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Heroin is a narcotic and an illegal drug that is typically injected or snorted by users though it can be smoked. The manner in which the drug, from the opiates family, is ingested has little bearing on the potential for addiction. The fact is that repeated use leads to addiction, whether you are using needles or not.
What is Heroin Addiction?
A person who is a heroin addict continues to use the drug, even though they are experiencing negative consequences in their life as a result. They are not able to choose whether they are going to use heroin. Instead, they experience a "need" for it that becomes a driving force in their life.
Signs of Heroin Dependence
Heroin addicts have similar experiences when they have become dependent on the drug, including:
- Cravings in between uses
- Spending time thinking about the last time they got high and what the next high will be like
- Focusing on where and when they can get the next dose
- Sudden financial difficulties and erratic behavior
- Track marks around injection points
Learn more about the signs of heroin addiction here.
Causes of Dependency
Heroin is a very effective pain killer that works by depressing the body's central nervous system. Using it affects the way nerves in the spinal cord communicate pain sensations to the brain. Shortly after the drug is snorted or injected, it creates an intense feeling of pleasure. Heroin works on the pleasure centers in the brain by affecting the level of dopamine that it produces.
Effects of Use
Along with the rush that takes place shortly after use, heroin addicts also experience these effects:
- Decreased ability to cough
- Difficulty breathing
- Dry mouth
- Heaviness in the extremities
- Nausea and/or vomiting
- Reduced anxiety
- Severe itching
As evidenced by these pictures of heroin addicts, the aesthetic physical effects can be extensive as well.
Complications and Long Term Effects of Heroin Abuse
Heroin abusers are also putting themselves at risk for a number of health issues, including:
- Risk of contracting HIV or Hepatitis C from needle use
- Increased risk of miscarriage
- Increased tolerance over time where the addict must use more of the drug to achieve the same effect
- Heroin overdose
Help and Treatment for Heroin Addiction
People who want to quit using heroin do better when they are well motivated to do so. The motivation may come from the person who is addicted to heroin themselves or because of the involvement of concerned friends or family members who hold a drug rehab intervention. When someone detoxes from heroin, they are going to experience a series of withdrawal symptoms, including:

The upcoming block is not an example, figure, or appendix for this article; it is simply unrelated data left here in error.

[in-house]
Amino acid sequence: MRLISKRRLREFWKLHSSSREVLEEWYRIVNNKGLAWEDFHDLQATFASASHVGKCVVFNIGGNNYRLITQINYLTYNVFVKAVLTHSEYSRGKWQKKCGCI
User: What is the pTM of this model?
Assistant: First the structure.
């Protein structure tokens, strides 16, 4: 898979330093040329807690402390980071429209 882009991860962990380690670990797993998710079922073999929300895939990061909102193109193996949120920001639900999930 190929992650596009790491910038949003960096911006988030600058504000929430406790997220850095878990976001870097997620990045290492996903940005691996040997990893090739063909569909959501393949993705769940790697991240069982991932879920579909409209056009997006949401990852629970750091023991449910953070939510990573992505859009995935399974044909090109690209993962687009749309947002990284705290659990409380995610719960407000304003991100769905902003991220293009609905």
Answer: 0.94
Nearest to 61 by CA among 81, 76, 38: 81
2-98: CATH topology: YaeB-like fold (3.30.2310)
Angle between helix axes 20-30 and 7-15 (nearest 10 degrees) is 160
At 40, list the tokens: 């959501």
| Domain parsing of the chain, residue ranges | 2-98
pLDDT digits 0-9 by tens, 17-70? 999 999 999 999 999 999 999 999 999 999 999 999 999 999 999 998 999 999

- Muscle aches
The withdrawal symptoms will start within a few hours after the person stops using heroin, with the peak occurring within 24-72 hours. Symptoms of withdrawal may be present for a week after the last time the addict used the drug. Ideally, this step in heroin treatment is performed under the supervision of a doctor. People who have been heavy users for a long time should avoid trying to stop all at once, since a sudden stop in use could be fatal. This extraordinarily painful and dangerous process is a primary factor that makes heroin addictions often last years and can result in death.
Beyond Quitting: Heroin Recovery and Rehabilitation
After successfully getting through the drug detoxification phase, a follow-up program needs to be in place if you want to successfully quit heroin. Individual and group therapy is used at drug rehab centers to help people who are trying to beat an addiction to heroin get to the root of the problem, understand it, and come up with strategies to avoid using the drug again. 12-step programs like Narcotics Anonymous could also be of help.
Your doctor may be able to refer you to a treatment center. If you have health insurance coverage for addiction treatment at HMO insurance drug rehab centers, private insurance drug rehab centers or at a PPO insurance drug rehab center, the company may have a list of facilities that are approved for full or partial coverage. Lack of coverage doesn't need to be a barrier to getting help, though. State-run facilities may be able to provide treatment at no charge or on a sliding geared-to-income scale and some facilities offer financing for treatment.
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